Lab Switch Solving Strategies

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Hey guys,

I'm currently working on a bit of a presentation, and I'd like to hear your strategies for solving riboswitches for lab puzzles, in as brief a description as possible. Primarily, I'm looking less for specifics about sequence, and more about the actual generation of structures that fulfill the requirements. If you have questions or need clarification, please feel free to post!
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Brourd

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Posted 2 years ago

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Zanna

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I don't use a lot of strategy. I just keep trying, and flipping different pairs until something works. Not very scientific, I know, but it gets the job done. Once stable, I use the much the same method for raising or lowering energy levels in one puzzle vs. the other.
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Zanna

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Thought of something else. Sometimes I paste a second ms2 around until it snaps together with the first one. Then I weaken the bond that holds them together until it lets go in one.
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hoglahoo

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I don't know what the difference is between specifics about sequence and the actual generation of structures, but I can tell you this much:

My general strategy is to focus on fulfilling the stability and switching requirements.  For this I only use GC and AU basepairs because I don't understand the purpose of GU pairs in labs.  I use GC pairs at stack ends for no good reason (the bad reason being because I feel like an AU pair is more likely to split at a stack end than a GC pair is, based on puzzle experience in vienna energy model), and when stacks end in a multiloop or open loop, I orient them the way Eli toad us to because he'll always be the mayor to me.  In short stacks, I use about a 2:1 GC to AU ratio because I know short stacks generally require strong bonds but I don't like stacks that are exclusively made of GC basepairs.   In long stacks it is closer to 1:1 becase I think the demand for bond strength of basepairs is not as high, but past experience from results that I've filed away mentally but can't immediately verify seem to support this.  I try to asymmetrically stagger basepair orientations and quad clumps to reduce repeated patterns in stacks in an effort to reduce mispairing between stacks.  Finally, I throw in a few G-A mismatches in some internal loops with the attitude that doing so might encourage the formation of those loops to some degree.  I don't pay a whole lot of attention to the models' prediction of stability, but I do take note if I keep seeing the same misfolds over and over and may consider changing things to remedy that if I think doing so won't affect the other things I've already just described too negatively.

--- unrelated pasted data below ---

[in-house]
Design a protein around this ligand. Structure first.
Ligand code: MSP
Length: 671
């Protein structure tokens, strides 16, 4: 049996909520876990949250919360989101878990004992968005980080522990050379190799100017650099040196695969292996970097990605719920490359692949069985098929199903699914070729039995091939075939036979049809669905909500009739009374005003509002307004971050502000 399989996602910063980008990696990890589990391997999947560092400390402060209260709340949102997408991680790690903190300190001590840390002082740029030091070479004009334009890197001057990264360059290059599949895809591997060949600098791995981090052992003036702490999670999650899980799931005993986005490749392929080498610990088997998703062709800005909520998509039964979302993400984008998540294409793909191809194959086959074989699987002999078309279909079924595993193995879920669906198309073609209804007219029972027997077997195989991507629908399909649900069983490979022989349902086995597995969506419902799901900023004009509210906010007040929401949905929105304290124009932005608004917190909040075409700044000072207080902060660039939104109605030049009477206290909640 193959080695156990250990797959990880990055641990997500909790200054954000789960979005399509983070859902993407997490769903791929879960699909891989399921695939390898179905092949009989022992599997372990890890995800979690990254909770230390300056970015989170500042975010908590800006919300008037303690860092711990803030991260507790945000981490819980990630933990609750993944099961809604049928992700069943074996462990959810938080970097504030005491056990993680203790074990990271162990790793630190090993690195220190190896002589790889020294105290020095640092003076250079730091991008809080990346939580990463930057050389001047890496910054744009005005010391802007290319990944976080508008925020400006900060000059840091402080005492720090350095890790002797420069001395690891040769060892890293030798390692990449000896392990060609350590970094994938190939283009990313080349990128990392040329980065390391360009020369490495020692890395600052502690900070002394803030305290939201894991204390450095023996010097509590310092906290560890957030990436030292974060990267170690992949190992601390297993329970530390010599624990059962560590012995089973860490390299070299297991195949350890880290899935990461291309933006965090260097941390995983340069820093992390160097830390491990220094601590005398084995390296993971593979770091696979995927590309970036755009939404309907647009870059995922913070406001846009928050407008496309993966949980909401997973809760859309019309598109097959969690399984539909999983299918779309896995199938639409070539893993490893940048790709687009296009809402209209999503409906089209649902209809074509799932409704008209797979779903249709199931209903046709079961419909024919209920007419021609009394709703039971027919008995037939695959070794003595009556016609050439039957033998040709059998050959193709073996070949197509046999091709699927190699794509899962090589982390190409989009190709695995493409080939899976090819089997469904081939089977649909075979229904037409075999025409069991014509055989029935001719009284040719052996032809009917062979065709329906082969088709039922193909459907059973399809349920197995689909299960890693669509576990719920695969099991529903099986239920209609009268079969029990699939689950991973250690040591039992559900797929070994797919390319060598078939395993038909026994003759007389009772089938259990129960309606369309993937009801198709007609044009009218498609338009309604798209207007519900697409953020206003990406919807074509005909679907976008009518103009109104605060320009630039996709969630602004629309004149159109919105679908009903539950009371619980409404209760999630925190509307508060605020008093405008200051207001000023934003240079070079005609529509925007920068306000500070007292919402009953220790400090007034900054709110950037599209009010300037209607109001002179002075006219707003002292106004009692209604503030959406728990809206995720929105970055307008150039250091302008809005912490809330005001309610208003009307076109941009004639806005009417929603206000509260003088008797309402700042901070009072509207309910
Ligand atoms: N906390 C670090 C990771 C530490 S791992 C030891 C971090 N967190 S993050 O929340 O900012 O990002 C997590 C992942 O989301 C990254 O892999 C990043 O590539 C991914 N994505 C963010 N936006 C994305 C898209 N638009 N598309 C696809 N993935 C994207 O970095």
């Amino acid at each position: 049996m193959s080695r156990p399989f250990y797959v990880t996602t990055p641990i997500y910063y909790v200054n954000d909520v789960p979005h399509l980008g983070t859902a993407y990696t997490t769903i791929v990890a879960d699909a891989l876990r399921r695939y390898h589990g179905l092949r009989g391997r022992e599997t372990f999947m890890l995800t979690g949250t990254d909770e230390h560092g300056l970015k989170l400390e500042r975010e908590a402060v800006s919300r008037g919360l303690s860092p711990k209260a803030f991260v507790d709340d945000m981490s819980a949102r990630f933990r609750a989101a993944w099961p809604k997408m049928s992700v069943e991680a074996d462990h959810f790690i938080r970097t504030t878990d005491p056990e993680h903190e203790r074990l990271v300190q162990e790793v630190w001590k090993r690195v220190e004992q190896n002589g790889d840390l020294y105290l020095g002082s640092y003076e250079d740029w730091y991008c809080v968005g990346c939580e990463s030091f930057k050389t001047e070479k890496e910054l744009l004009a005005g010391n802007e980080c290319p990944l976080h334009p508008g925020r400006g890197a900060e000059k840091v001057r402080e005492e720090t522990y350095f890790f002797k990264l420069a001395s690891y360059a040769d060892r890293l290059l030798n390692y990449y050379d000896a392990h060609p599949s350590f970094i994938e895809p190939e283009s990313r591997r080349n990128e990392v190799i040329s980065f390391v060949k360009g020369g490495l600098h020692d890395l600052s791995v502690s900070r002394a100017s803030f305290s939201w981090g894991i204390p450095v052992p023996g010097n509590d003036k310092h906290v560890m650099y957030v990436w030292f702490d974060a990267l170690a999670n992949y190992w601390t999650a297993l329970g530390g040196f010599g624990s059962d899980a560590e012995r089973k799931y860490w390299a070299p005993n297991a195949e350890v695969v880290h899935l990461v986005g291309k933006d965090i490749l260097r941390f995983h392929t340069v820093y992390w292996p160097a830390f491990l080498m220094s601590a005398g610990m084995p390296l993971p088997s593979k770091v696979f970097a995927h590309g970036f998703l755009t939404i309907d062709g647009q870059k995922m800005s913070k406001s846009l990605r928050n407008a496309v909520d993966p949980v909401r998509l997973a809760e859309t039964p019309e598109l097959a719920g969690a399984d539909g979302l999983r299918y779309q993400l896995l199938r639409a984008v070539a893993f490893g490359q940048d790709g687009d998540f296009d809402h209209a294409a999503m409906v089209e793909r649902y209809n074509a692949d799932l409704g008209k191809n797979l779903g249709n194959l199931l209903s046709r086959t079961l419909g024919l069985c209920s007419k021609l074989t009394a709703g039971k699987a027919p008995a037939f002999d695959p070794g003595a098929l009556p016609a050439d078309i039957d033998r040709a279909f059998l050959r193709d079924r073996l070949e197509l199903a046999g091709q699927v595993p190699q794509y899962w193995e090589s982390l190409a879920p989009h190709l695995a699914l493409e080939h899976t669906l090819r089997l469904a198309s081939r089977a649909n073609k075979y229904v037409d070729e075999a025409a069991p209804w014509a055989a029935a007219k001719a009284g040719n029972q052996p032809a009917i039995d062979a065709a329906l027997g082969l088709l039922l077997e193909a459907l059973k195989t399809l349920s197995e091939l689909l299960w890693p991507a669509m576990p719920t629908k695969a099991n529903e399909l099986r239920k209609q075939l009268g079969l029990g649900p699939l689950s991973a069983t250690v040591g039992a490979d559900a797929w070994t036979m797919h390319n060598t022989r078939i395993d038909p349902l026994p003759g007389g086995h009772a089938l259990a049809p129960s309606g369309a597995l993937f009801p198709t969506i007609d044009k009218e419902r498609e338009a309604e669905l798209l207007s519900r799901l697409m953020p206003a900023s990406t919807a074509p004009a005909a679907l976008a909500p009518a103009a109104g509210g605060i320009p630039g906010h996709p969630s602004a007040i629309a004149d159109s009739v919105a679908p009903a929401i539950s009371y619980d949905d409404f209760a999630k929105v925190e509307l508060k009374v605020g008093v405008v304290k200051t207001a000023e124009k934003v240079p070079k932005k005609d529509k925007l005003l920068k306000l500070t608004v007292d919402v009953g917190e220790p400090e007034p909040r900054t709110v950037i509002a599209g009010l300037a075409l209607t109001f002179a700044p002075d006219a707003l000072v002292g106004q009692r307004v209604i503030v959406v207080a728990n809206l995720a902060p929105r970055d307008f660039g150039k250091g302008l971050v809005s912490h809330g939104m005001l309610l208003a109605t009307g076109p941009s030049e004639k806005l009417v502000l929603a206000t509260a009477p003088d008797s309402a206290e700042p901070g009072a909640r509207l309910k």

In order to promote switching, I'll check my total energy values in the in-game models, and try to get the difference between these values to be about half of whatever the energy value of the switching mechanism is.

Consecutive base requirements I don't worry much about, usually it's just a matter of mutating a few default adenine bases to guanine or uracil here and there.

All other requirements I can think of off the top of my head I don't understand very well at all, so I tend to ignore them.

Hope that helps
(Edited)
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Brourd

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So, the modern labs require you to fill in the structure. Do you just fill in nucleotides until something sticks, or do you try for a predetermined structure?
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Andrew Kaechele

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For this round we already know a lot about what might work for the FMN sub-labs, so I submitted some designs that are mods of past winners. In same state sub-labs I am trying for some designs that display symmetry between the MS2 and the aptamer. In the exclusions I am going for some designs with the MS2 near the aptamer on the optimal side, and even as part of the aptamer. I am also experimenting with alternative MS2's in most of the sublabs to see if I can improve fold change. I also like to try and have at least one static stem. As for generating the structures, that usually starts with identifying shared or complementary sequences, not necessarily exact, and working out to the ends from there. Sometimes I will keep working to sew up loose nts, as long as it will still switch. Most of what I'm doing this time comes as a result of reading Eli's CRISPR tutorial puzzle descriptions.
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JR

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I position the MS2 hairpin where I want it, then decide how I want to peel it apart to solve the puzzle.If I peel from one of the ends I get different configurations than if I peel from around the center of the MS2 hairpin. I then reduce the energy difference between the two by flipping or rearranging nts to solve the puzzle.  Peeling from the center appears to give more stable or symmetrical  looking solutions where the nts don't need to move a large distance in order to switch.